History department, Free University of Brussels (VUB); research unit MoSA, Catholic University of Leuven (K.U.Leuven)
Ort: Leuven (Belgium)
In recent years, an interdisciplinary community of scholars has engaged in a debate about the transnational scope of social movements with an international focus. The anti-apartheid movement is considered by some as a trailblazer of present-day protest against neoliberal globalization, climate change, etc. Many of the current “anti-globalization” movements’ features, such as transnational cooperation, the use of media, and the mobility of activists, are said to have been prefigured by this important social movement of the Cold War era. Others argue that the nation state was, and still remains, the primal context of social movement mobilization. Despite common political goals, cultural symbols, patterns of protest, and synchronization of mobilization waves, and antipathy against the U.S., the peace movements in the 1980s, for instance, are presented by many as primarily national phenomena. The solidarity movements that were sparked by the crisis of the Polish communist regime are discussed in similar terms.
These debates are part ofa larger debate on “globalization” and the role of NGOs therein. In an effort to historicise this process, a host of scholars are re-examining the projects of “internationalism” that have been propagated by NGOs and within inter-governmental bodies since the later decades of the nineteenth century. Far from being a straightforward affair of spatial reconfiguration, this turn towards architectures of “global governance” has spawned many complementary and competing projects under the rubric of Westernization, Europeanization, Third Worldism, etc. The conference aims to gather historians and social scientists having an expertise in the study of social movements in order to discuss the issues of national differentiation, cross-border cooperation and transnational identity construction. It is especially concerned with transnational contact within the Atlantic World of Europe and northern America and aims to analyze social movement structures, networks, identities, and praxis. It encourages comparative analyses of a diachronical or synchronical nature. Papers that elaborate on a more theoretical level are particularly welcomed.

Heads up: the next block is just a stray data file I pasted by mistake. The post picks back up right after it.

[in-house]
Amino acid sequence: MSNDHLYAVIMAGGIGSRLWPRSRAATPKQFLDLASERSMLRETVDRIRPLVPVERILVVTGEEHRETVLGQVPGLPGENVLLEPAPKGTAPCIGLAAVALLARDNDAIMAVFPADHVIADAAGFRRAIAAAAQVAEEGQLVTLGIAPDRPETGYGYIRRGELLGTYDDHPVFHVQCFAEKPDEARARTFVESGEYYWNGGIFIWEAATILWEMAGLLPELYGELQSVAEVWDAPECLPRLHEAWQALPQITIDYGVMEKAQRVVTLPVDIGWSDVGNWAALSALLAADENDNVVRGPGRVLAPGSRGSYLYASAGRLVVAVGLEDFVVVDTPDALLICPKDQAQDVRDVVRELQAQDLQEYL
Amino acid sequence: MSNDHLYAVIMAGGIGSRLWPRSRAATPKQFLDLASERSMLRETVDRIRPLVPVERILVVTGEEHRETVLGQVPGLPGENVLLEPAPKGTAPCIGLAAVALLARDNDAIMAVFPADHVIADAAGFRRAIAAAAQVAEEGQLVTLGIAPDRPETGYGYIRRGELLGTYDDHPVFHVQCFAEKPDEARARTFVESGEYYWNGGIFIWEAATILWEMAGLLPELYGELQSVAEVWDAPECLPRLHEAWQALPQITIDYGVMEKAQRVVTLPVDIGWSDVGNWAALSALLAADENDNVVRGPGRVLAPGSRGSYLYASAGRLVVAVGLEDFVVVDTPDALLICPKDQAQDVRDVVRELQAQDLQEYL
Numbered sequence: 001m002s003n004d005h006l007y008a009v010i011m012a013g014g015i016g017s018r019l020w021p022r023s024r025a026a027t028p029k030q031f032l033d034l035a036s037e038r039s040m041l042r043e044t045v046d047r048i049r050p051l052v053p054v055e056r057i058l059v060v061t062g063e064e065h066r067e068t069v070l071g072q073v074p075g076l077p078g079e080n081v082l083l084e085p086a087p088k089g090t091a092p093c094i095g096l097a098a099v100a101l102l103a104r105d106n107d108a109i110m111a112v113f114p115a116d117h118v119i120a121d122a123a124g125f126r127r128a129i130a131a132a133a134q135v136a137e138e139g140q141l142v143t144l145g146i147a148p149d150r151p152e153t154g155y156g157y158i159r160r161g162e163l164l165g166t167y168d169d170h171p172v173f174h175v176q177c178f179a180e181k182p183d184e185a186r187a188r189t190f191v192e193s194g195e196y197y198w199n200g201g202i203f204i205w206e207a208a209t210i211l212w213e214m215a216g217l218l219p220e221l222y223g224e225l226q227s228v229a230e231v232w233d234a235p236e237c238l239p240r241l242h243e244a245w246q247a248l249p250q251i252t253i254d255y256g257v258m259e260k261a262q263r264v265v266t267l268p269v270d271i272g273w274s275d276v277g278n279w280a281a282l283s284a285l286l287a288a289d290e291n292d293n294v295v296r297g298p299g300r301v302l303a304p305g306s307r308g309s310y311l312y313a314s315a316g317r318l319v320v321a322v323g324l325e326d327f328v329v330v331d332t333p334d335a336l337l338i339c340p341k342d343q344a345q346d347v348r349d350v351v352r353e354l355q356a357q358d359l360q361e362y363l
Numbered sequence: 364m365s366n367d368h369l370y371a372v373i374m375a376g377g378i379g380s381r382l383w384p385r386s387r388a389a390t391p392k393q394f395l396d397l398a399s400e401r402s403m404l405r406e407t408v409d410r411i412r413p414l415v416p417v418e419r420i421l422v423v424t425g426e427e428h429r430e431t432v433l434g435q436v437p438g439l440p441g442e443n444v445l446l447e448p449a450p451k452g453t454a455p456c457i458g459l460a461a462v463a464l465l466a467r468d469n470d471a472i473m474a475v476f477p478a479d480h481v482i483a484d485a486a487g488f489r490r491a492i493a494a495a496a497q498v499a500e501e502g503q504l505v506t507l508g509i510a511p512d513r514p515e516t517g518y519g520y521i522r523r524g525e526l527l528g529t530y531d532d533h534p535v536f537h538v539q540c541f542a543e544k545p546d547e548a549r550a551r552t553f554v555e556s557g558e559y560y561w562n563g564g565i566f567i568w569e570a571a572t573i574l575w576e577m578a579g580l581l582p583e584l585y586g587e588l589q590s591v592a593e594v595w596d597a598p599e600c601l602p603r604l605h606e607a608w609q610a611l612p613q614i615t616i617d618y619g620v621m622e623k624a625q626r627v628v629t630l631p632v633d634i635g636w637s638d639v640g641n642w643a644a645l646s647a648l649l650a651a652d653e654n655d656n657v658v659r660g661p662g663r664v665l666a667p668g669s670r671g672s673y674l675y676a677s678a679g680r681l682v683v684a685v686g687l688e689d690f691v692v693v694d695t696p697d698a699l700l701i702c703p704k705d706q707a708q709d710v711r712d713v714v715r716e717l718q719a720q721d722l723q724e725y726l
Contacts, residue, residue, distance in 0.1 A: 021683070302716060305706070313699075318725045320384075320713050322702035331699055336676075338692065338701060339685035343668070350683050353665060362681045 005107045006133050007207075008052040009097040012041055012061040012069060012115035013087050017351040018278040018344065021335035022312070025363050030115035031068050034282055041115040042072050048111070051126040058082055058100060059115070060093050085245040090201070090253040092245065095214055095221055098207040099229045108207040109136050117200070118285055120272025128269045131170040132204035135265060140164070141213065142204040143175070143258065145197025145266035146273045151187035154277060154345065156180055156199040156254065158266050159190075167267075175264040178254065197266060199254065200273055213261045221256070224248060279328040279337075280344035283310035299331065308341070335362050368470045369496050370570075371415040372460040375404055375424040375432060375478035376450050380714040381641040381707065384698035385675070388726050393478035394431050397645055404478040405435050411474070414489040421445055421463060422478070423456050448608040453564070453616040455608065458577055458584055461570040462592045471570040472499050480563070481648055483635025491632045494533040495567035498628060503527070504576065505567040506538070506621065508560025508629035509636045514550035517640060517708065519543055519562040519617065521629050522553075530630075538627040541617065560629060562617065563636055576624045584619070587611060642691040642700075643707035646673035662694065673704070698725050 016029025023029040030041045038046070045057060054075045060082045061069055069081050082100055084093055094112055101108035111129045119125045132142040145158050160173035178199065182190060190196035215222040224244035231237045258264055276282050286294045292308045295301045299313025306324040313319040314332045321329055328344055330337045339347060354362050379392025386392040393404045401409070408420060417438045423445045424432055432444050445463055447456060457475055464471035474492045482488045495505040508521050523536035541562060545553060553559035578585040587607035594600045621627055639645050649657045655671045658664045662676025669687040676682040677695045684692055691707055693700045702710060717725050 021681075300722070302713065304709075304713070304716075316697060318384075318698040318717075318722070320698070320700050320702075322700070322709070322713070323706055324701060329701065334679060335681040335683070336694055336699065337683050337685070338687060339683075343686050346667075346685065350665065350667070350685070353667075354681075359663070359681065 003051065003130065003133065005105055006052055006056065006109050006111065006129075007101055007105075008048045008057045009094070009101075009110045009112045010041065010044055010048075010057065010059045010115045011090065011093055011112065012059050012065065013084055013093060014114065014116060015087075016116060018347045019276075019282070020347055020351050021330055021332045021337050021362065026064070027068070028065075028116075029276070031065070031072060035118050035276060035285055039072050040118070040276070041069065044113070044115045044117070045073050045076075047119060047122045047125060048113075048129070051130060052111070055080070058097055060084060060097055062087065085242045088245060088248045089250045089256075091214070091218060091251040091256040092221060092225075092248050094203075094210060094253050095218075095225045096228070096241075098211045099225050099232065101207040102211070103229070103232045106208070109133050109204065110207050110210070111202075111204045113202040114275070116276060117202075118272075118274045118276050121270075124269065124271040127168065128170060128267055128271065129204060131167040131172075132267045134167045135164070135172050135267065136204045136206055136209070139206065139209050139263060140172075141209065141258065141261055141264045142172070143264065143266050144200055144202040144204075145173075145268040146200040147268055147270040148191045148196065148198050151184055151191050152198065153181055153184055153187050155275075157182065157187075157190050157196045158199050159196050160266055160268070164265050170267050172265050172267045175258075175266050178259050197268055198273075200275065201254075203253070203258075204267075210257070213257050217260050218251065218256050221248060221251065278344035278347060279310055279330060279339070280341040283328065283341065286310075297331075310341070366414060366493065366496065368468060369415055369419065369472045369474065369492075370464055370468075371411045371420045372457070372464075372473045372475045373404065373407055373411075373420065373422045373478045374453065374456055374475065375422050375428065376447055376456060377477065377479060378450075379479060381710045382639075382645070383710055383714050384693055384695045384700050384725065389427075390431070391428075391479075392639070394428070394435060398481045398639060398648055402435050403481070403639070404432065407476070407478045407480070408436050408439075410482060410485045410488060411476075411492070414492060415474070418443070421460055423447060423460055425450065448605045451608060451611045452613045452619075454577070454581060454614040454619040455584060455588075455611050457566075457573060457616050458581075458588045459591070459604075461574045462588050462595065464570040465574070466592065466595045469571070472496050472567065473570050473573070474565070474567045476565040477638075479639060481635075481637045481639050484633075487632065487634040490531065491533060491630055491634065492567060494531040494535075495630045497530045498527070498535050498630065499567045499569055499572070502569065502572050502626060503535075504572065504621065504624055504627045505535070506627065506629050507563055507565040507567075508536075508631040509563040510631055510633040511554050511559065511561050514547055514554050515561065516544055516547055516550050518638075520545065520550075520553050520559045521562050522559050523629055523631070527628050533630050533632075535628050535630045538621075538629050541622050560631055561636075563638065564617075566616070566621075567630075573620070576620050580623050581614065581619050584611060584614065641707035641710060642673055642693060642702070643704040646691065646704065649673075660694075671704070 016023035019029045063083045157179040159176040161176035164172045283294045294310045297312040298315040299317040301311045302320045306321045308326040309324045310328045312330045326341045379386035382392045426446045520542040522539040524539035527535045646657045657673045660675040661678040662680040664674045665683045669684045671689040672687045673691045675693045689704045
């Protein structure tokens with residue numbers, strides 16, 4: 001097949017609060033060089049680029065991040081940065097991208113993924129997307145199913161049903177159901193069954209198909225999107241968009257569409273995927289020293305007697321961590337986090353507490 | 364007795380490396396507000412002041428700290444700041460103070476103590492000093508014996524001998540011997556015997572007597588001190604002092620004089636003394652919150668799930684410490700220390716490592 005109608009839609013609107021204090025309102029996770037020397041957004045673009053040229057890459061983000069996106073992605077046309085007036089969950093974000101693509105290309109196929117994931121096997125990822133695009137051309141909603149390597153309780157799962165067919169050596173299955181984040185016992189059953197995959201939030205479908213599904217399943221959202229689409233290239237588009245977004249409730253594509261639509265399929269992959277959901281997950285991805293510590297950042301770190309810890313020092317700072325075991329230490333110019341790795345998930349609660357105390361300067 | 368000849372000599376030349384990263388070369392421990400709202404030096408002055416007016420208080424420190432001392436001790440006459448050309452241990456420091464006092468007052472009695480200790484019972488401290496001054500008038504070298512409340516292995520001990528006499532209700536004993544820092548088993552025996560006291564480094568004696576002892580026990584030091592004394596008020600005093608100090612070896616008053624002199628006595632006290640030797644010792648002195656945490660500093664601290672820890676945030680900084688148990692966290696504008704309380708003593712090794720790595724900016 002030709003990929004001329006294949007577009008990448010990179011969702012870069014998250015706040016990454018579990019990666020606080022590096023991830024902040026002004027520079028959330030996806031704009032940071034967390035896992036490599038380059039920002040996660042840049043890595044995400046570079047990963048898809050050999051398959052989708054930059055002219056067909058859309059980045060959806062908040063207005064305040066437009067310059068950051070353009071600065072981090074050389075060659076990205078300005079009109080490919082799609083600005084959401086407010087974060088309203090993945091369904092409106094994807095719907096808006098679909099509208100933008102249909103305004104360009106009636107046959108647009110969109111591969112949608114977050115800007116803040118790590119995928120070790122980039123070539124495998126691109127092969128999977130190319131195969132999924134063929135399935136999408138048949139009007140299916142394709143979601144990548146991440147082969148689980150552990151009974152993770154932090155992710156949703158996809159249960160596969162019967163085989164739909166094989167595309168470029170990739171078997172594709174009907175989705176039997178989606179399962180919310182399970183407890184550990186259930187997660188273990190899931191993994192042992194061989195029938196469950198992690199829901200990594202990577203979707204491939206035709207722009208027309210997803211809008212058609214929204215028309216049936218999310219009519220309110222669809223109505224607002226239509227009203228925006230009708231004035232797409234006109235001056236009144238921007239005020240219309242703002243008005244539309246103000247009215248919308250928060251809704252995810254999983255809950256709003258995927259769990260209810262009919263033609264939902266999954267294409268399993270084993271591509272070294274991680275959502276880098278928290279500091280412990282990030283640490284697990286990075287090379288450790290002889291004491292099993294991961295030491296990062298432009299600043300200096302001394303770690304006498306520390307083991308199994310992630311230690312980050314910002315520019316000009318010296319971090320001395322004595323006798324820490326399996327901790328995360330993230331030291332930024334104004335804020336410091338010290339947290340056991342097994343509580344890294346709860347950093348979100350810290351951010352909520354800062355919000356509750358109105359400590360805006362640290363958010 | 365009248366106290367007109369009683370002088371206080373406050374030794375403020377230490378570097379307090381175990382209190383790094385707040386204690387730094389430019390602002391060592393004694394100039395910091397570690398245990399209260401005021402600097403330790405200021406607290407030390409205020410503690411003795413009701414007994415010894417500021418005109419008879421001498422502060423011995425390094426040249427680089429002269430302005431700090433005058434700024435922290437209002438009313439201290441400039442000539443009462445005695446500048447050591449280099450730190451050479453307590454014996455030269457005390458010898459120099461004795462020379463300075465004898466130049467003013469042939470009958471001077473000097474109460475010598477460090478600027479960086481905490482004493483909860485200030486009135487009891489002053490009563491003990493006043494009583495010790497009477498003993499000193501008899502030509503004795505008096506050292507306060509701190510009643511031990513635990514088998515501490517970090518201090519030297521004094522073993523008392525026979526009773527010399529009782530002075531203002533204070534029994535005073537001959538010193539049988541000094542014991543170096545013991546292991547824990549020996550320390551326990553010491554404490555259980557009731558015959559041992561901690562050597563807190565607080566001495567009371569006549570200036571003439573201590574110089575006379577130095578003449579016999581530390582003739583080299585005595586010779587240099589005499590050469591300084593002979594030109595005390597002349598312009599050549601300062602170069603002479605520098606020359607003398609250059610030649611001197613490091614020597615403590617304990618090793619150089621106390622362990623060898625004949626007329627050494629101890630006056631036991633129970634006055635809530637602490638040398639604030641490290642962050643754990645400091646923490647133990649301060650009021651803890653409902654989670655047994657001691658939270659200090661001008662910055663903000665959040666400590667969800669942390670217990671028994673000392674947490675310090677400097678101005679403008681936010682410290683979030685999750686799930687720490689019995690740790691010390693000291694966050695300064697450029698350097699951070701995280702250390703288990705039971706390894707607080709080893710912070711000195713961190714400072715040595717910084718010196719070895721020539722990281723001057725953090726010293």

Possible questions for analysis
- Is it possible to discern longer-term cycles of grassroots mobilization and social movement institutionalization?
- What are the differences between the contributions of “older” social movements (e.g. labour and church organizations) and “newer”, more specialized social movement organizations?
- Should certain transnational “moments of change” (1884, 1917, 1945, 1968, and 1989) be regarded as thresholds in a widening and deepening process of globalization?
- Why did certain geographical regions or international issues develop into focal points of social movement mobilization?
- Have current social movements made a faithful leap from internationalism to globalism?
- organized by the history department at the VUB & the research unit MoSA at K.U.Leuven
- The conference is scheduled in May 2010
- Selected papers will be published in Revue Belge de Philologie et d’Histoire – Belgisch Tijdschrift voor Filologie en Geschiedenis, accepting contributions in English, French, Dutch or German
Applicants should submit a 500 word proposal and a brief C.V. (in Word or PDF format) before 31 October 2009 to Mr. Kim Christiaens Kim.Christiaens#arts.kuleuven.be . Participants whose papers have been accepted will be notified by 30 November 2009.
Please send all queries to the same address.
URL zur Zitation dieses Beitrages: http://hsozkult.geschichte.hu-berlin.de/termine/id=11821